Date of Award

Fall 10-1-2021

Document Type


Degree Name

Doctor of Philosophy (PhD)


Computer Science

First Advisor

Feigenbaum, Joan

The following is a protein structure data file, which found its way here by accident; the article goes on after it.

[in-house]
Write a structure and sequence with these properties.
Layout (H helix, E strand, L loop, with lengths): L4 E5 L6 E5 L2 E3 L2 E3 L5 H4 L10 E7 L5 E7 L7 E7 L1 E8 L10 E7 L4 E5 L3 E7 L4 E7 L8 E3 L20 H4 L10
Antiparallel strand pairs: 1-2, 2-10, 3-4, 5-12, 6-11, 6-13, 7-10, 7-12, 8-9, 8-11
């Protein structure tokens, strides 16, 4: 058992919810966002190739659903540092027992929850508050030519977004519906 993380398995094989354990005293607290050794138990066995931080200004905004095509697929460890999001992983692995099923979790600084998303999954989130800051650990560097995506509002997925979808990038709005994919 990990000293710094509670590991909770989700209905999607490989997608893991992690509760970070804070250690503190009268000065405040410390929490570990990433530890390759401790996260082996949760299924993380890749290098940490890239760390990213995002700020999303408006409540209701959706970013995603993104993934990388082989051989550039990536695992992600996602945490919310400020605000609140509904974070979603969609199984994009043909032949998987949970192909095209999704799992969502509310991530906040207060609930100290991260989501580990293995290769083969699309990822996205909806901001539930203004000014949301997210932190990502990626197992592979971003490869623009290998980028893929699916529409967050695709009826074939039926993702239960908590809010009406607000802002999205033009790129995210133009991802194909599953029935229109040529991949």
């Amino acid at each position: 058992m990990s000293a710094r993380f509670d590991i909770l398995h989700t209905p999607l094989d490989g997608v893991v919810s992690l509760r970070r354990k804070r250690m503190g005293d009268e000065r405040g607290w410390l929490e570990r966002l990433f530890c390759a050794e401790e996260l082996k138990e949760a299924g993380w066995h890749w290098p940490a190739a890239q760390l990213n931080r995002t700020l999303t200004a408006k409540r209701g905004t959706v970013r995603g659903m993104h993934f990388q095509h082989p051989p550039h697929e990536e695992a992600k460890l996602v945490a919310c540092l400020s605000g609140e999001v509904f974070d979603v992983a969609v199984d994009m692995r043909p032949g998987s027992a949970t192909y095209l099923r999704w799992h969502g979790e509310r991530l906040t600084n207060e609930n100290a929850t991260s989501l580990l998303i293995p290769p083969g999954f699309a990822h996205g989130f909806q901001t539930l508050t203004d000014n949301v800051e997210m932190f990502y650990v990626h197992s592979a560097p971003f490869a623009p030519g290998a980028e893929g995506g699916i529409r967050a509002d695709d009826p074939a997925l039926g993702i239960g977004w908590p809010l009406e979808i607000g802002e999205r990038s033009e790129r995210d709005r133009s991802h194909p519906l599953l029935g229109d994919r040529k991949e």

As the amount, complexity, and value of data available in both private and public sectors has risen sharply, the competing goals of data privacy and data utility have challenged both organizations and individuals. This dissertation addresses both goals. First, we consider the task of {\it interorganizational data sharing}, in which data owners, data clients, and data subjects have different and sometimes competing privacy concerns. A key challenge in this type of scenario is that each organization uses its own set of proprietary, intraorganizational attributes to describe the shared data; such attributes cannot be shared with other organizations. Moreover, data-access policies are determined by multiple parties and may be specified using attributes that are not directly comparable with the ones used by the owner to specify the data. We propose a system architecture and a suite of protocols that facilitate dynamic and efficient interorganizational data sharing, while allowing each party to use its own set of proprietary attributes to describe the shared data and preserving confidentiality of both data records and attributes. We introduce the novel technique of \textit{attribute-based encryption with oblivious attribute translation (OTABE)}, which plays a crucial role in our solution and may prove useful in other applications. This extension of attribute-based encryption uses semi-trusted proxies to enable dynamic and oblivious translation between proprietary attributes that belong to different organizations. We prove that our OTABE-based framework is secure in the standard model and provide two real-world use cases. Next, we turn our attention to utility that can be derived from the vast and growing amount of data about individuals that is available on social media. As social networks (SNs) continue to grow in popularity, it is essential to understand what can be learned about personal attributes of SN users by mining SN data. The first SN-mining problem we consider is how best to predict the voting behavior of SN users. Prior work only considered users who generate politically oriented content or voluntarily disclose their political preferences online. We avoid this bias by using a novel type of Bayesian-network (BN) model that combines demographic, behavioral, and social features. We test our method in a predictive analysis of the 2016 U.S. Presidential election. Our work is the first to take a semi-supervised approach in this setting. Using the Expectation-Maximization (EM) algorithm, we combine labeled survey data with unlabeled Facebook data, thus obtaining larger datasets and addressing self-selection bias. The second SN-mining challenge we address is the extent to which Dynamic Bayesian Networks (DBNs) can infer dynamic behavioral intentions such as the intention to get a vaccine or to apply for a loan. Knowledge of such intentions has great potential to improve the design of recommendation systems, ad-targeting mechanisms, public-health campaigns, and other social and commercial endeavors. We focus on the question of how to infer an SN user's \textit{offline} decisions and intentions using only the {\it public} portions of her \textit{online} SN accounts. Our contribution is twofold. First, we use BNs and several behavioral-psychology techniques to model decision making as a complex process that both influences and is influenced by static factors (such as personality traits and demographic categories) and dynamic factors (such as triggering events, interests, and emotions). Second, we explore the extent to which temporal models may assist in the inference task by representing SN users as sets of DBNs that are built using our modeling techniques. The use of DBNs, together with data gathered in multiple waves, has the potential to improve both inference accuracy and prediction accuracy in future time slots. It may also shed light on the extent to which different factors influence the decision-making process.